Basic Christian principle regarding things like sin, repentance, and obedience are cast entirely to the side when dealing with homosexuality to the detriment of both the lost and those in the faith. An inclination towards a certain sin doesn’t mean that one is destined to walk in that sin; it means that they, like all other people since Adam, are born bent towards sin and are in need of forgiveness and a new heart.

Thankfully, our God offers us that in the cross. We can be born again and made new.

What are some practical resources you can recommend to help? 

The short answer is the Bible. We’ve got to be consistent and biblical in our dealings with all sin. 

On another note, some practical tools I’ve found helpful are ministries like Rosaria Butterfield and Matt Moore and Desiring God. Butterfield and Moore were both radically saved out of homosexuality and offer much insight into various circumstances and struggles. 

Two links to check out are:

Finally, Emily, what’s your #1 biggest piece of advice for Christians who are trying to reach those who associate as LGBT?

To put it simply, do not elevate or diminish the sin of homosexuality, and be humble and transparent in your own battle against sin.

Emily Thomes is a wife, speaker, and avid Facebooker. She aspires to be a homeschool mother and blogger. You can follow Emily Thomes on Facebook here.

If you enjoyed this interview with Emily Thomes, you may also like:

  1. Why Did God Make Me Ugly?
  2. The Best Gospel-Centered Resources on Homosexuality
  3. Why Love, Not Hate, Should Be The Christian Response

About David Qaoud

David Qaoud (MDiv, Covenant Theological Seminary) is associate pastor of Bethesda Evangelical Church in St. Louis, Missouri, and founder of gospelrelevance.com. His work has appeared on The Gospel Coalition, For the Church, and Banner of Truth. He lives in St. Louis with his wife and son. Learn more>

10 Replies

  1. So wonderful, yes had read this from the TGC a couple of weeks ago. The fact that she had been in a bible study studying bible doctrine, reminds us that we don’t have to have a canned evangelism program to reach the lost. Invite them to a Bible study! This is good that you put this out again, hopefully with some additional viewers. Thanks David! ~ Chris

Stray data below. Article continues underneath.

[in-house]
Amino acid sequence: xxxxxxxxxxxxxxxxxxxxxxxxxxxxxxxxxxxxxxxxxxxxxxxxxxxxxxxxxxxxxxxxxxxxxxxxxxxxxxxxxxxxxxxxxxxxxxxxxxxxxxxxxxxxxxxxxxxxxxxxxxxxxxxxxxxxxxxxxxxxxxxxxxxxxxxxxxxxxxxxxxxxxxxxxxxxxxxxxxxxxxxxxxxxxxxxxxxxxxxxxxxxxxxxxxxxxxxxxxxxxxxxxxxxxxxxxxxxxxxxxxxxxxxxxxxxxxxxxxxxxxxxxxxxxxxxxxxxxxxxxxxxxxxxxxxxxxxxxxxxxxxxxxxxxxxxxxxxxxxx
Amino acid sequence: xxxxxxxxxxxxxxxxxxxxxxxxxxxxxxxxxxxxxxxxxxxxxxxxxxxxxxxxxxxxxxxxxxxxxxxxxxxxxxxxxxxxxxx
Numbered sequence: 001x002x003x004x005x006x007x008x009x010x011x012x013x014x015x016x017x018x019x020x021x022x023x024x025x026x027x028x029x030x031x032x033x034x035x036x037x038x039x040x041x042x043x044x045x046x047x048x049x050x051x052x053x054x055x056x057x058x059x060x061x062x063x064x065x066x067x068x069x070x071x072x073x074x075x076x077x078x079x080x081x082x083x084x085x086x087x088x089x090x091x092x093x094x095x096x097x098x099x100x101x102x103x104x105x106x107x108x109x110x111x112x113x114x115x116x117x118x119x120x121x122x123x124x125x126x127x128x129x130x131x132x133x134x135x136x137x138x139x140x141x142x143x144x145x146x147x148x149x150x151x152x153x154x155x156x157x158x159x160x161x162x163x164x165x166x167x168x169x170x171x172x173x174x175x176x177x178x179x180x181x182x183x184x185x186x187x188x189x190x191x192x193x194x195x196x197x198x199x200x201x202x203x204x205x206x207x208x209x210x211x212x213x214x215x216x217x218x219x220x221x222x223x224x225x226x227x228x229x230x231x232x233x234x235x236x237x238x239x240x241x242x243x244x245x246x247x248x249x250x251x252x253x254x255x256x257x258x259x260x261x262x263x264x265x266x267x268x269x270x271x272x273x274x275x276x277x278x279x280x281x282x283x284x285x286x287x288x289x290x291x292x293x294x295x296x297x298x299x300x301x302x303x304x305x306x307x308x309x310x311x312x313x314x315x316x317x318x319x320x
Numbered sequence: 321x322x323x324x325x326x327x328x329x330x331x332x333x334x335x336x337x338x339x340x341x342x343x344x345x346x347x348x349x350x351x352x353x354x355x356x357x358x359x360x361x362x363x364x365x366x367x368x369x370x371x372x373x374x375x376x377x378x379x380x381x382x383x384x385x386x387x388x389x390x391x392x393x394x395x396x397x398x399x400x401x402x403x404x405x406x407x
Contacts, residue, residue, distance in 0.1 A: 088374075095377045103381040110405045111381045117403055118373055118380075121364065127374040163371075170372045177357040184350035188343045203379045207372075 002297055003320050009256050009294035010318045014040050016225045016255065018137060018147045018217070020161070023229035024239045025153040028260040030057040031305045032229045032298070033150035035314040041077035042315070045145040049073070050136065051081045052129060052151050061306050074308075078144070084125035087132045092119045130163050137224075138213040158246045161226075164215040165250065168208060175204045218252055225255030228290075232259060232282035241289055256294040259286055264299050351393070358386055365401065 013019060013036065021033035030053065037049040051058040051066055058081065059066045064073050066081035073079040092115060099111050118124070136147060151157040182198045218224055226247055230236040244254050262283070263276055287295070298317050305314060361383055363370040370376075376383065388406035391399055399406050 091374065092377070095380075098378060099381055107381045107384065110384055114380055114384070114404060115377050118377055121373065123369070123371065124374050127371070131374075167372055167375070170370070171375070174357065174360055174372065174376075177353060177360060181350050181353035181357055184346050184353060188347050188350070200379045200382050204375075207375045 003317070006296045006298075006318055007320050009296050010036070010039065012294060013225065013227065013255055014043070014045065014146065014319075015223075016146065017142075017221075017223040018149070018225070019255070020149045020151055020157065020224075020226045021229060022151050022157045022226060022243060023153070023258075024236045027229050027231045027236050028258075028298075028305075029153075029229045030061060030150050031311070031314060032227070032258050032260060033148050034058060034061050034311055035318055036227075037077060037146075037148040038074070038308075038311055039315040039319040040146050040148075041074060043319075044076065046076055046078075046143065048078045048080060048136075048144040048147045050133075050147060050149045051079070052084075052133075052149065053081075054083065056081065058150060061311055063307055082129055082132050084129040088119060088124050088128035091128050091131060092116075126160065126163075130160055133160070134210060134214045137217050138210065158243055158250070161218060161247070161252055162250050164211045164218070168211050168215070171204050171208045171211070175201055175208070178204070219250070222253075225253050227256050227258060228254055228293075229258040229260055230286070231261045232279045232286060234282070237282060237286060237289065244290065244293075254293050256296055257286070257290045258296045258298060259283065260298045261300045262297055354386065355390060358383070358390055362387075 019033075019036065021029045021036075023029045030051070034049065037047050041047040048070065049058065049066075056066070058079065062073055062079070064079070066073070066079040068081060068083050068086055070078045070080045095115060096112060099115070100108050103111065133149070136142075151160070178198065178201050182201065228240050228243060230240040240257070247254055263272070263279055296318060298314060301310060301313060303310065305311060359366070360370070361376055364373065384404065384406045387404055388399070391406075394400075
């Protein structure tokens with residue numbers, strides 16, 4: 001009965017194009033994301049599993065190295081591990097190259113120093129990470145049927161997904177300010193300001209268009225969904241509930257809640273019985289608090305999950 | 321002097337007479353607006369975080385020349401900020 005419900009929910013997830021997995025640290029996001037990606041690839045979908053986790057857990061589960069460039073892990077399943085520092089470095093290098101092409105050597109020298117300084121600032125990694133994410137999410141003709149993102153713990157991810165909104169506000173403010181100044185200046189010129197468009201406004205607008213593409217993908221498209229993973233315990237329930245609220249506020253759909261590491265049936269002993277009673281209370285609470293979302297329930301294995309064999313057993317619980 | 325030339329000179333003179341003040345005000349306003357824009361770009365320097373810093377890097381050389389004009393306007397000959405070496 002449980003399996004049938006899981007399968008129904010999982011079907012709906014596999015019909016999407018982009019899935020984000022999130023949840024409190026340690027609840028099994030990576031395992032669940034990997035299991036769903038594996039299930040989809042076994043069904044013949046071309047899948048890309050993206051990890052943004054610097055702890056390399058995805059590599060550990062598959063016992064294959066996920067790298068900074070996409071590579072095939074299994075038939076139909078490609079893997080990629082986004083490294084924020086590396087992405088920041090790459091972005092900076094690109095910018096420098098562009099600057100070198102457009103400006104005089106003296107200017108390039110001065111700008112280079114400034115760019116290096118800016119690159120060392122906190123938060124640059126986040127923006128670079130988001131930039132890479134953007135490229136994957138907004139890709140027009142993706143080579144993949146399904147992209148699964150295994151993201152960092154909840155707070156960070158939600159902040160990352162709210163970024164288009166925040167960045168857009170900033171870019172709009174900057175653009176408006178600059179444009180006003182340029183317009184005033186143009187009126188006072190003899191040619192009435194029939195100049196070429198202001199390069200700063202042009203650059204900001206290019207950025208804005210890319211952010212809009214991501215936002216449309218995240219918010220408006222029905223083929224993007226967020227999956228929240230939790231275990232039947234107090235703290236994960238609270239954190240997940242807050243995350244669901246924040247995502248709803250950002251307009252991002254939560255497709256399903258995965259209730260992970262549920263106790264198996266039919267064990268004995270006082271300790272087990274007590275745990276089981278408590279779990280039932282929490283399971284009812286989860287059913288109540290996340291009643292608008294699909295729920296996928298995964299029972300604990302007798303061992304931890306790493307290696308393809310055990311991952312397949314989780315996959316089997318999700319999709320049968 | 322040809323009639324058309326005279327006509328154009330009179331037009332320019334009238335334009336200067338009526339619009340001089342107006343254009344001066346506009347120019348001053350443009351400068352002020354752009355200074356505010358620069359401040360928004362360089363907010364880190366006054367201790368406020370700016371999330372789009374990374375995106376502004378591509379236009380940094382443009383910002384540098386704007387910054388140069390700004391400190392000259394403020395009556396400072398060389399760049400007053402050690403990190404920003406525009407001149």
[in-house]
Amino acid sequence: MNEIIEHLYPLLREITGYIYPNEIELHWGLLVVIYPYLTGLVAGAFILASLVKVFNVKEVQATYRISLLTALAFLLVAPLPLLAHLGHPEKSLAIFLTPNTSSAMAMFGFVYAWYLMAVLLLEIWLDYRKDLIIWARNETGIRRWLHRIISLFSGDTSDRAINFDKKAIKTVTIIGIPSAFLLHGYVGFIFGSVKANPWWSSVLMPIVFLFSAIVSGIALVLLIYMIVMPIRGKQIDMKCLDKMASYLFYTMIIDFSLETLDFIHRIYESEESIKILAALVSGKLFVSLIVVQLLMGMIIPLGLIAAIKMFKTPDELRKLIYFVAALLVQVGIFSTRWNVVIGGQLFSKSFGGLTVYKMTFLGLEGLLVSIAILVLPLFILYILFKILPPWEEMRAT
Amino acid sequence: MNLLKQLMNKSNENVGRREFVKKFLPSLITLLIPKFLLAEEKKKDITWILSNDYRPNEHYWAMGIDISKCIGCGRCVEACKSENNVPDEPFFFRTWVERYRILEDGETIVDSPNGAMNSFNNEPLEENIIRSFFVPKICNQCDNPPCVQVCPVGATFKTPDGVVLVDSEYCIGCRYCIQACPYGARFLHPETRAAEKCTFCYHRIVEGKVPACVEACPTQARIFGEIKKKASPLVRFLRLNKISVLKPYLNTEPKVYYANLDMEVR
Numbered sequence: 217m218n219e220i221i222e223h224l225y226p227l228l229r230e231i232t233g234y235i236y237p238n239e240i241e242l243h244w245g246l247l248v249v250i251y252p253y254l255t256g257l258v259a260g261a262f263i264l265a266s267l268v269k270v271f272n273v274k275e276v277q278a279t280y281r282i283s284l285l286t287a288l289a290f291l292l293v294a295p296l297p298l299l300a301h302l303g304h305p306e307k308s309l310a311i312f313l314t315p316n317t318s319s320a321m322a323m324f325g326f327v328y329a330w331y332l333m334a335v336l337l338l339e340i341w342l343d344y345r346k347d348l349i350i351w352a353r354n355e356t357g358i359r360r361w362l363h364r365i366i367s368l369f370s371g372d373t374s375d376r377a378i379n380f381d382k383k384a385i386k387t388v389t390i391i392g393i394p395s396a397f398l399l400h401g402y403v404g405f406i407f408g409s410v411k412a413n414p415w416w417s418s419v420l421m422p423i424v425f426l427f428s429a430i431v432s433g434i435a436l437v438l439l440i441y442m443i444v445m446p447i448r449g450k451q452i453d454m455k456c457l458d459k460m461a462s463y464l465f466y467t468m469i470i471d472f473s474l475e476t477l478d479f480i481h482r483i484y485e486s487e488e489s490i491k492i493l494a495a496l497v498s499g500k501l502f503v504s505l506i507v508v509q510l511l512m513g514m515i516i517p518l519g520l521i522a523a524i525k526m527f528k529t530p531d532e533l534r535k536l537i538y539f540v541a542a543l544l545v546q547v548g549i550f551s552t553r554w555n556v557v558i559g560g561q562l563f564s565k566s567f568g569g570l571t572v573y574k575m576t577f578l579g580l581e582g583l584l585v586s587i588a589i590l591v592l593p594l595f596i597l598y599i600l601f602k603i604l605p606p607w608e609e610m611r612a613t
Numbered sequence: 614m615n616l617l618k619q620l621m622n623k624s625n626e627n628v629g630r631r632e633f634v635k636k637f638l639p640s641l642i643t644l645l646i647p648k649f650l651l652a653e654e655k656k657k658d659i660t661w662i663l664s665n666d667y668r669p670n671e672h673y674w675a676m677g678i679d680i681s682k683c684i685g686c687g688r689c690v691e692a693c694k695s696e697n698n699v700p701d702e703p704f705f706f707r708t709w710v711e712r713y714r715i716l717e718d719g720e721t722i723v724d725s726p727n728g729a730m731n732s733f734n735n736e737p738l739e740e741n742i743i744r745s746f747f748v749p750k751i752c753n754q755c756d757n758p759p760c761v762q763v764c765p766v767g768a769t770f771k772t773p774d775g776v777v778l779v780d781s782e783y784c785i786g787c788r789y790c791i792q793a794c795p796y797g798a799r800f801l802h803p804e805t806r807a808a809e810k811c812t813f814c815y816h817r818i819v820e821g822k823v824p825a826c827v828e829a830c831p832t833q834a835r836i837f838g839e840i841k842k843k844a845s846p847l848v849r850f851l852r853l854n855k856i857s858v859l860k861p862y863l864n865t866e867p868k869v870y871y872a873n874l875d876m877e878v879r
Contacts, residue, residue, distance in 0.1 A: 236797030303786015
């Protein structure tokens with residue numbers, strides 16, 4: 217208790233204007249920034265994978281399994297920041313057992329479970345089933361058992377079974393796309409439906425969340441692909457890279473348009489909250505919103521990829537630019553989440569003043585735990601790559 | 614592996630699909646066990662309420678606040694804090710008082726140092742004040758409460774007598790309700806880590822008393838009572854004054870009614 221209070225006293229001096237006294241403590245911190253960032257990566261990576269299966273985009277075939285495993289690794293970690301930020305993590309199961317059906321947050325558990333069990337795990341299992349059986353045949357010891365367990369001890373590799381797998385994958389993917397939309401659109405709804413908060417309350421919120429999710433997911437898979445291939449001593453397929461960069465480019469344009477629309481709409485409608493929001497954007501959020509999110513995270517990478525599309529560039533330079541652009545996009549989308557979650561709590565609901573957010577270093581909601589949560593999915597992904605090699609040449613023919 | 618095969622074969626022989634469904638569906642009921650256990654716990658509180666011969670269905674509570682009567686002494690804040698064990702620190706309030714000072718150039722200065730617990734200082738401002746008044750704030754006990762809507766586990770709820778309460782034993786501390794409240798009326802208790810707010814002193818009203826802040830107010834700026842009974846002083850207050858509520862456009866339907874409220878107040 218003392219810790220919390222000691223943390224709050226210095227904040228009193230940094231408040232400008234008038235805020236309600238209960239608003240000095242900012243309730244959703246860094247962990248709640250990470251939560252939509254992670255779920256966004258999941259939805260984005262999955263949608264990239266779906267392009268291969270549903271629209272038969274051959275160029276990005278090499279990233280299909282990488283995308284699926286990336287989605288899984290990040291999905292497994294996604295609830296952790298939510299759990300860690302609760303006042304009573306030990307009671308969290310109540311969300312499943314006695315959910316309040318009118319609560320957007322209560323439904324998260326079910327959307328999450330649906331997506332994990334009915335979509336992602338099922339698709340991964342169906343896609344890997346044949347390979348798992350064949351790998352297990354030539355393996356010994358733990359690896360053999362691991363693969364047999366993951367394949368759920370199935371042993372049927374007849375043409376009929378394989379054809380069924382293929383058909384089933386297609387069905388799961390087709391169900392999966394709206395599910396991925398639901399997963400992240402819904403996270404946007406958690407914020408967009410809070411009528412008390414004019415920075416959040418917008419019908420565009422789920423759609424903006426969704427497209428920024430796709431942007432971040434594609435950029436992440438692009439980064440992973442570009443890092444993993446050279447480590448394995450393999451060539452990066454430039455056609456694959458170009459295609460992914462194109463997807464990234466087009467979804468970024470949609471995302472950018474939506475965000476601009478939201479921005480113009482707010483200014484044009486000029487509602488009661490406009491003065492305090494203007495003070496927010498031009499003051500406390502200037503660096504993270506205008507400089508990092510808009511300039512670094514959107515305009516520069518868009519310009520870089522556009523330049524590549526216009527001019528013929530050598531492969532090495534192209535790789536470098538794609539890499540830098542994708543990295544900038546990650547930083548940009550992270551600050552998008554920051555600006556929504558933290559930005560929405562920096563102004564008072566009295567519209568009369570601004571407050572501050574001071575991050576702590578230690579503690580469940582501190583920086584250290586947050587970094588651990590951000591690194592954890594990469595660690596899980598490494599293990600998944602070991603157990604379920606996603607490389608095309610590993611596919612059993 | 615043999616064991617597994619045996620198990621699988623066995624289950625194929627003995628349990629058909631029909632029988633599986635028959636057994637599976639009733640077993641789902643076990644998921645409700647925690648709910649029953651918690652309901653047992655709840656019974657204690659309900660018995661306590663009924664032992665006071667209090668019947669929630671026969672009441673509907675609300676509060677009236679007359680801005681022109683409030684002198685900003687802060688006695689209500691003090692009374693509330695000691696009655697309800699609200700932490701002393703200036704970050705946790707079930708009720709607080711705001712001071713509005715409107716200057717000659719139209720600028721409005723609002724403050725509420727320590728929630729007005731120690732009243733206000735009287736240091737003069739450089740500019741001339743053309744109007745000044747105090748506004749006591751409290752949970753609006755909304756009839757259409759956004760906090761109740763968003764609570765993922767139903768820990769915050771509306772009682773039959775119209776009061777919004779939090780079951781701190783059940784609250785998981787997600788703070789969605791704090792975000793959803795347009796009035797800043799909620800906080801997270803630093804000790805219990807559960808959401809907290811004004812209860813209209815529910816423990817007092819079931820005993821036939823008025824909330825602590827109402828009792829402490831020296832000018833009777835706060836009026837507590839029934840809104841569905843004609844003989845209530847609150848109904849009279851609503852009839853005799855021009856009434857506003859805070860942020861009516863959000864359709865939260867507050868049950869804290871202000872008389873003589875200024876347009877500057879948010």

1. Chris – Yes, that’s a great insight! And they were studying God’s attributes, not just some feel good book to make it more comfortable for unbelievers. No, they were in the deep end! Very encouraging.

  2. what sort of drug is milo on

    Once again for the umpteenth time, Rosaria Butterfield was NEVER “saved out of homosexuality.” By her own admissions she has previously been attracted to guys. So while she might have identified as a lesbian in choosing to pursue relationships with women only, she was in truth bisexual. God didn’t transform or change anything.

  3. Kate @ majesticgoldenrose

    I love it and how she hints that we are all in this together. Its always a good choice to be inclusive of our friends and create healthy, safe communities. Thanks for sharing!

    1. Absolutely! Thanks for reading.

  4. Jereme Ray Kennington

    If she was indeed a true lesbian, I guarantee you that she will return to that someday.

    1. Jereme, you must not know many Christians.
      If you want to see what it looks like, I highly recommend this book by a lesbian university professor: https://amzn.to/29i1b7H

      1. Jereme Ray Kennington

        I do know Christians, even the one in this article who happens to be a Calvinist who thinks babies go to hell when they die.

        I do not know what that book has anything to do with my statement nor the fact that I “must not know many Christians”.

  5. wepa garrett

    Pretty Disgusting article.
    >To put it simply, do not elevate or diminish the sin of homosexuality, and be humble and transparent in your own battle against sin.
    The most sad thing I have read in a very long while. You do not turn from being gay you are gay for the rest of your life. God this is so sad for this woman and how she fell into this trap.

  6. A B S

    God Bless her and may she impact several others.